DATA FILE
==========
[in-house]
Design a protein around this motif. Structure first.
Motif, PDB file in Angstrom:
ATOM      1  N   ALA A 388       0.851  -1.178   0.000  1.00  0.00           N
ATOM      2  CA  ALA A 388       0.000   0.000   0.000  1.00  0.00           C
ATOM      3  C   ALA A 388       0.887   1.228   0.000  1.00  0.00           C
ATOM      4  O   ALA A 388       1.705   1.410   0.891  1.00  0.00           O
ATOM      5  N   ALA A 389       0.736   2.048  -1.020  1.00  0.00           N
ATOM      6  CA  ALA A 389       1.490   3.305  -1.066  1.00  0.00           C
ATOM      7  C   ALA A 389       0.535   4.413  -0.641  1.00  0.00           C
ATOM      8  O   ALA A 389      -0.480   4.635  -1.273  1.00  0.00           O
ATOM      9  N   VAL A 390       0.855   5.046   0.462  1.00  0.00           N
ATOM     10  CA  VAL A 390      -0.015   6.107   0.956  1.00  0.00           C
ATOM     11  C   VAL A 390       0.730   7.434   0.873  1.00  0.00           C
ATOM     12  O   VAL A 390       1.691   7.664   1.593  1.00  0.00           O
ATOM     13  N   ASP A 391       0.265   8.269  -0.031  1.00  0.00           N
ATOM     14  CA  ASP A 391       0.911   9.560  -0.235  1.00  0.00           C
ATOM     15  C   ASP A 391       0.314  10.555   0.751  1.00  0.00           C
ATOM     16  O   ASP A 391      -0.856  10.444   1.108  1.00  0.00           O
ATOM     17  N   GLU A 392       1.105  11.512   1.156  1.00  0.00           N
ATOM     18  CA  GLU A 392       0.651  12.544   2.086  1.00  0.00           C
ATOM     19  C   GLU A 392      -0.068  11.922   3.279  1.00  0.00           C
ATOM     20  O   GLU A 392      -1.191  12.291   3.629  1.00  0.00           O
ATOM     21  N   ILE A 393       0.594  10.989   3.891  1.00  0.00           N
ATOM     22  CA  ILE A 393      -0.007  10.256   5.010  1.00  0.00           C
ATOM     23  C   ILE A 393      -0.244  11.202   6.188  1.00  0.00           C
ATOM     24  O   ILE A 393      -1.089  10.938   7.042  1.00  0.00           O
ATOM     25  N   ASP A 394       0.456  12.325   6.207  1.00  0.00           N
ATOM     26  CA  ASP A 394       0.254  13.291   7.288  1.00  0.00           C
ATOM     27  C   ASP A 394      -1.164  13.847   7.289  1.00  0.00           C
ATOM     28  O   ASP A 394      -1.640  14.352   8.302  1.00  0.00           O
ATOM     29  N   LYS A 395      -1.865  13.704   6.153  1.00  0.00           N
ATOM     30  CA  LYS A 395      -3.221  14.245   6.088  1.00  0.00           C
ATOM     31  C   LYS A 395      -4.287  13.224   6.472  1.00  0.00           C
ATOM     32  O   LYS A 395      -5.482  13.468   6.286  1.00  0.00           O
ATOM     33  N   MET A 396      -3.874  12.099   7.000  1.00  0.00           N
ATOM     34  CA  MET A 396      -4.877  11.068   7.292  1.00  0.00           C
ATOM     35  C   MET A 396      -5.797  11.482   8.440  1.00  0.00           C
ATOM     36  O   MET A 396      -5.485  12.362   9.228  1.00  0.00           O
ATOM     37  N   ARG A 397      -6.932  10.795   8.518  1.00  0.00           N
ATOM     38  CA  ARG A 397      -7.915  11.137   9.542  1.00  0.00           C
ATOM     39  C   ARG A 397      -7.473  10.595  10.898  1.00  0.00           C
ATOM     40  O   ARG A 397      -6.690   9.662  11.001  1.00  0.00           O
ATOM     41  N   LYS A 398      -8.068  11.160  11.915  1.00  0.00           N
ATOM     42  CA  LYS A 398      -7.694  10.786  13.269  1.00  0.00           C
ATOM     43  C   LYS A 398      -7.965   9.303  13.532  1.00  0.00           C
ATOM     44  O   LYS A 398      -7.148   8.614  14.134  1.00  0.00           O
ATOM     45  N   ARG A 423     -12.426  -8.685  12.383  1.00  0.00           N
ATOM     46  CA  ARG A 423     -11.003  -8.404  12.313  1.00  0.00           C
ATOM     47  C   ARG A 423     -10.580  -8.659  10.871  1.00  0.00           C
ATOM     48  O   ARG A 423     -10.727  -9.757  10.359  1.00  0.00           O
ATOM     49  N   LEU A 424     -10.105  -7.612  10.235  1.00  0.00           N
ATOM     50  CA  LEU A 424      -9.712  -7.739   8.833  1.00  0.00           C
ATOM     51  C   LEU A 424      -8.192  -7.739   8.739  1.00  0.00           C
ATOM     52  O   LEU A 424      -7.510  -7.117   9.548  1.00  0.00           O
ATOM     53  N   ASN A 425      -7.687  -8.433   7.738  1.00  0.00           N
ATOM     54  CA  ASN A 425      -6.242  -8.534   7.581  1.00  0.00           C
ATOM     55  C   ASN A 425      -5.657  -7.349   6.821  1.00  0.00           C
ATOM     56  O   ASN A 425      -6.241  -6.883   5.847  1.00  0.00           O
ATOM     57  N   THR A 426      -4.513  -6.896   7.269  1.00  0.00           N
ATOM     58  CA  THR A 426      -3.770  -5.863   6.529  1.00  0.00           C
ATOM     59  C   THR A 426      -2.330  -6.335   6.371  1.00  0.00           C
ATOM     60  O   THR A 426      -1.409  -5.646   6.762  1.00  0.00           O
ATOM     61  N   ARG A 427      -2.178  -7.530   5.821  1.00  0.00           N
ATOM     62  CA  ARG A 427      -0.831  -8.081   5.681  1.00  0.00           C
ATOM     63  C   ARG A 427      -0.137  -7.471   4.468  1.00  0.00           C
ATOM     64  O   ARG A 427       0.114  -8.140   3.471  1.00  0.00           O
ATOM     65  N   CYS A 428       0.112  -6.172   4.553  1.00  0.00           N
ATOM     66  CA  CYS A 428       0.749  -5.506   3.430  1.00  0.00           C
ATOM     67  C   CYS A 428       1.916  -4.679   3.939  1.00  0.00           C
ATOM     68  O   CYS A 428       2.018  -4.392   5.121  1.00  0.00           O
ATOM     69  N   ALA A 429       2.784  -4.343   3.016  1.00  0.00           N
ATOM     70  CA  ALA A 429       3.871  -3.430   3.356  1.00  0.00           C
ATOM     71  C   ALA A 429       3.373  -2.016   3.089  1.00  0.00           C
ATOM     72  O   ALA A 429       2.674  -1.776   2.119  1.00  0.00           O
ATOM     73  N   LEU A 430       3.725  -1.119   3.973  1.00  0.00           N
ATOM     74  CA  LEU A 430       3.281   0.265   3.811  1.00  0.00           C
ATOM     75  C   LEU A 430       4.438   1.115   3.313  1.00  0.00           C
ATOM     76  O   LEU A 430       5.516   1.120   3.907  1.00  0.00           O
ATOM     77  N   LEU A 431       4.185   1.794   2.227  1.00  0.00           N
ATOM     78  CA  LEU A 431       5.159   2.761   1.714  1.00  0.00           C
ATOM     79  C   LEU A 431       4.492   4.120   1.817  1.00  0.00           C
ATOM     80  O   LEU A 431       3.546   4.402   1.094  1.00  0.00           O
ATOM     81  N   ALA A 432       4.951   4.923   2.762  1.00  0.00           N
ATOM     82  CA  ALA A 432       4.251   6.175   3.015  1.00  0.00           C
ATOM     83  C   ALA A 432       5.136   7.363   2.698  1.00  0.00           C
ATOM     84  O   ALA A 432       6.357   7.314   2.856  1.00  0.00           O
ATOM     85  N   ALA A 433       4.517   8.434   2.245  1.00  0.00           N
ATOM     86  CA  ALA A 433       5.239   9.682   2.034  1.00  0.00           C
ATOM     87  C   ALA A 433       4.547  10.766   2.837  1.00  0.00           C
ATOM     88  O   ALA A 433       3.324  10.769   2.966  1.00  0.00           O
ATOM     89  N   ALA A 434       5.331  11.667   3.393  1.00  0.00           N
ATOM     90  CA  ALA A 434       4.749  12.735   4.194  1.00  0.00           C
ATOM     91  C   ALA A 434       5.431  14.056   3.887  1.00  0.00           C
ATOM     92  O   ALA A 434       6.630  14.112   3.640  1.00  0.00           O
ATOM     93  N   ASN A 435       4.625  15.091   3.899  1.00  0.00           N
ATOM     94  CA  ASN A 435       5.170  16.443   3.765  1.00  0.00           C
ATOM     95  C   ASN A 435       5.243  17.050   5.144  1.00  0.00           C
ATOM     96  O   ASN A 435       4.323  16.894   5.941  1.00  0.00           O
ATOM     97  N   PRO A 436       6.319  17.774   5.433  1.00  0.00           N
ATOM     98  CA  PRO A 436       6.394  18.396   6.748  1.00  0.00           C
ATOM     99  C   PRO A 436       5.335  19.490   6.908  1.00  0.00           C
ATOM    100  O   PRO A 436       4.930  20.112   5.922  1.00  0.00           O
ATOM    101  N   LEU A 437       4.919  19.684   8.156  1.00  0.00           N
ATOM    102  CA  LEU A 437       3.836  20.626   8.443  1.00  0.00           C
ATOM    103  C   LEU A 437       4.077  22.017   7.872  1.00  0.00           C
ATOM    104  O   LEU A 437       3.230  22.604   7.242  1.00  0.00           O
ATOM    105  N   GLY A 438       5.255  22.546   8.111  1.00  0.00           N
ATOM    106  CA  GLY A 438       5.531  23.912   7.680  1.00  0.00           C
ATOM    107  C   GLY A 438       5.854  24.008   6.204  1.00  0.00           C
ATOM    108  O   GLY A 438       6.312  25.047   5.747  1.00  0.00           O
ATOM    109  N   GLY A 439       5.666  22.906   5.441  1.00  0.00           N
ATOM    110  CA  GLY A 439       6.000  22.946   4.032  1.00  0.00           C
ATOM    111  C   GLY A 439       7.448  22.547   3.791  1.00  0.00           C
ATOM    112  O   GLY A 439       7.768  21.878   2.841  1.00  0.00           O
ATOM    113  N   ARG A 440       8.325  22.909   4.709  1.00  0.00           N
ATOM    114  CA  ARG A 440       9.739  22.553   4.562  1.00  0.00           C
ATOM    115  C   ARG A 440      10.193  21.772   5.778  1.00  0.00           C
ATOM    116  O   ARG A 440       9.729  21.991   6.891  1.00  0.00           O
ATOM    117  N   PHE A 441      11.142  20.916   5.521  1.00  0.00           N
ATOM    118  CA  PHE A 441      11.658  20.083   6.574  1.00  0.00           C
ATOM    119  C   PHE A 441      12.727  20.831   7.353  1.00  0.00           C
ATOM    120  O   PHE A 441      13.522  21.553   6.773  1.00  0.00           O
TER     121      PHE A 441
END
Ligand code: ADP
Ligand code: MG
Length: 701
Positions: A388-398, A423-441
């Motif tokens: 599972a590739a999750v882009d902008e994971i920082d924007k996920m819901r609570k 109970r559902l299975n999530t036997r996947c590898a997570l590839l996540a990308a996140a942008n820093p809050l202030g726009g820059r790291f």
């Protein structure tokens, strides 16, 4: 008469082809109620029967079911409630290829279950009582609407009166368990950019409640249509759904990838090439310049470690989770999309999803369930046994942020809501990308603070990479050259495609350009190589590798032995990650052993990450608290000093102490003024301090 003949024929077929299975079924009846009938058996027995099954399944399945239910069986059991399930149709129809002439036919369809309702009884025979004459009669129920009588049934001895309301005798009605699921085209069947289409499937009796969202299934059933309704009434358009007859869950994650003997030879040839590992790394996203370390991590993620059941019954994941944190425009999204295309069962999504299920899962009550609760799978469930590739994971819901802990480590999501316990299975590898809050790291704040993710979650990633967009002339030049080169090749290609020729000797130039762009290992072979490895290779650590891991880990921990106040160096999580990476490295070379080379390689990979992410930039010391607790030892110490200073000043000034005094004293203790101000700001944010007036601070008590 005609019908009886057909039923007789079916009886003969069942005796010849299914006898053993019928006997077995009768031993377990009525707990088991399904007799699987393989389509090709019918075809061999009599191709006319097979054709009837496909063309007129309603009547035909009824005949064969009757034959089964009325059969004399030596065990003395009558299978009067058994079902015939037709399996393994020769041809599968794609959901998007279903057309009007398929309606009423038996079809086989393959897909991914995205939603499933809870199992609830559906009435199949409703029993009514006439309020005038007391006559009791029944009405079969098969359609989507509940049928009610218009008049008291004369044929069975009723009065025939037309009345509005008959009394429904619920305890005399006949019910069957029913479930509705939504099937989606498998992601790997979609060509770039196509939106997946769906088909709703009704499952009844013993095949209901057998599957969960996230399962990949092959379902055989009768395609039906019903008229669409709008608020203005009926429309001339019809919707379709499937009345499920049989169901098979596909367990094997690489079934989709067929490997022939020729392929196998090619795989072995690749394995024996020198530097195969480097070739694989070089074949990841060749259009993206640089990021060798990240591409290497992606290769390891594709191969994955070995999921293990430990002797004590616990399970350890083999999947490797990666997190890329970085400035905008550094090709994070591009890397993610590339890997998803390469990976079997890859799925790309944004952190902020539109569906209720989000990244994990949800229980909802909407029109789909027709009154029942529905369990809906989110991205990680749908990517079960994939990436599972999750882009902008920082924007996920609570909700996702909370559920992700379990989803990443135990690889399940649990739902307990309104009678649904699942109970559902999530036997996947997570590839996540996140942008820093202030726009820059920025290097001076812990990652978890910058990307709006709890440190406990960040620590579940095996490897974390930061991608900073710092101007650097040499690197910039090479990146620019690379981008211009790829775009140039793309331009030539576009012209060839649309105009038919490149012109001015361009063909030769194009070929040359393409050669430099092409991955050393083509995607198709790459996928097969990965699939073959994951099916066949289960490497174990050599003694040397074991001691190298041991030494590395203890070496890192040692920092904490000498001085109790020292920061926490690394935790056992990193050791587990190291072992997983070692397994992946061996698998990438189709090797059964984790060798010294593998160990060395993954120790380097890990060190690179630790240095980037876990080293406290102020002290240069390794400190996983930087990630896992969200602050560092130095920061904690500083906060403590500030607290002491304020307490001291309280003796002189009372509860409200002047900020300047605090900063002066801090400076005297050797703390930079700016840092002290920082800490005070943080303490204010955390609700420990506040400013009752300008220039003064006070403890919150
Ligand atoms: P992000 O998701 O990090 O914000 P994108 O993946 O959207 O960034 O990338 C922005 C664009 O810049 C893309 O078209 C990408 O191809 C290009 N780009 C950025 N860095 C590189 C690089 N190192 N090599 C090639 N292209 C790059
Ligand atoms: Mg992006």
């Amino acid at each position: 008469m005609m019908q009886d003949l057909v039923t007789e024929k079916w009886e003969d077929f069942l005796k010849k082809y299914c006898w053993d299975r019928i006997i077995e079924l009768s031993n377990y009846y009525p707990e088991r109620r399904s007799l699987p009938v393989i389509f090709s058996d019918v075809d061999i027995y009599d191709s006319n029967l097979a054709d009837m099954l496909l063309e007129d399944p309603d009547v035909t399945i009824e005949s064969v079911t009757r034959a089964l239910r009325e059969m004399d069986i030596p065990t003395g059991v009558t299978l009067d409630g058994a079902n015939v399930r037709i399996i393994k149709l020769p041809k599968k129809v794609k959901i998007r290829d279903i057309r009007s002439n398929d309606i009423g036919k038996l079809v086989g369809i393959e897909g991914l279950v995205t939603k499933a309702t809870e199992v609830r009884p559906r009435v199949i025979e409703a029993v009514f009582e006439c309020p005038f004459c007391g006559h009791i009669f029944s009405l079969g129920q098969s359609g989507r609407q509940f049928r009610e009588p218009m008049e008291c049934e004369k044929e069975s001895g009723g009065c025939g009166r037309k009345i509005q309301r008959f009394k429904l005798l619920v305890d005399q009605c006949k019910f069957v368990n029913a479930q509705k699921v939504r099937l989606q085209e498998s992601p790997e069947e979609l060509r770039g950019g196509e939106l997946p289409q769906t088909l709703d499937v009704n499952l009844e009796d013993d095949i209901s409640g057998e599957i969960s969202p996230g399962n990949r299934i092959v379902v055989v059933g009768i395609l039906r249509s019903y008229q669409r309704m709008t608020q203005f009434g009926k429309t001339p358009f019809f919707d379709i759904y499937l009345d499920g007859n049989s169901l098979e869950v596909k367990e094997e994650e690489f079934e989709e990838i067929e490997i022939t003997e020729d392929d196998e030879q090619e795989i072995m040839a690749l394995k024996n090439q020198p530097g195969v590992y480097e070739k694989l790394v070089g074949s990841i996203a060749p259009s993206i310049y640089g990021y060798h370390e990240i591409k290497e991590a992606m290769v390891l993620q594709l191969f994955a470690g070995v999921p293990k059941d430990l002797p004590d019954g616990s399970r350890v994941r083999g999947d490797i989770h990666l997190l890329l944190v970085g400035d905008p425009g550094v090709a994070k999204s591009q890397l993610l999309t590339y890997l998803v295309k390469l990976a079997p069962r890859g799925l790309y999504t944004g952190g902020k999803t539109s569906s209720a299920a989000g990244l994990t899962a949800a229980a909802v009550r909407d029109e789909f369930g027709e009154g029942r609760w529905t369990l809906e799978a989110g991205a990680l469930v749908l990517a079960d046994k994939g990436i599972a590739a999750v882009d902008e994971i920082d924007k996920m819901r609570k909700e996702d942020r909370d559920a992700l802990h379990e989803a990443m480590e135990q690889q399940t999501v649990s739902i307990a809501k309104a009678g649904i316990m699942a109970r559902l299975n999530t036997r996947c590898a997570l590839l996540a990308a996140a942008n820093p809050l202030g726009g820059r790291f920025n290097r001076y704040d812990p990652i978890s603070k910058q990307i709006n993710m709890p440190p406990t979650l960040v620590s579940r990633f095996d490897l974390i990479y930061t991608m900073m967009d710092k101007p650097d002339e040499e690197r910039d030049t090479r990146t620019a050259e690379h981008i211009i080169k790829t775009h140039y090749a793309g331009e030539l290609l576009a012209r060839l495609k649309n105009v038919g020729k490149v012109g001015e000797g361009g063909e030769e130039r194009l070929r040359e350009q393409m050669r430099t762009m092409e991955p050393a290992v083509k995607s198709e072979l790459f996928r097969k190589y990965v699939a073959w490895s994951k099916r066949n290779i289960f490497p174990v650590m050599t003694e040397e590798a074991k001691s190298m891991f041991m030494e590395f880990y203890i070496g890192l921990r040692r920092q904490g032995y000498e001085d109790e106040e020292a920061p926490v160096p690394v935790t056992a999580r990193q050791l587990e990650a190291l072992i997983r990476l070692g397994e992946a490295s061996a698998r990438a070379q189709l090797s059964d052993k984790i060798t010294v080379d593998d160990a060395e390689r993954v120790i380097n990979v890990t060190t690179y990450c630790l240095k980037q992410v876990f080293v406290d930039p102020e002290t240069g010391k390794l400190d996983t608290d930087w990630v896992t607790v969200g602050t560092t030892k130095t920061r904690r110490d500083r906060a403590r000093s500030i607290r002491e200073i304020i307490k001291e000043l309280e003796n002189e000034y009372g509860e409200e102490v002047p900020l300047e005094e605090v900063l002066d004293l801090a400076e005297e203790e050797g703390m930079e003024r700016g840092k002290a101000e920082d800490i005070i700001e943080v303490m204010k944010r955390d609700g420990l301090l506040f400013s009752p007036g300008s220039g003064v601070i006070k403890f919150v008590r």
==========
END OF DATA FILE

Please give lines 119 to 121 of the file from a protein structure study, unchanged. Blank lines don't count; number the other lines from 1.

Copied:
ATOM    116  O   ARG A 440       9.729  21.991   6.891  1.00  0.00           O
ATOM    117  N   PHE A 441      11.142  20.916   5.521  1.00  0.00           N
ATOM    118  CA  PHE A 441      11.658  20.083   6.574  1.00  0.00           C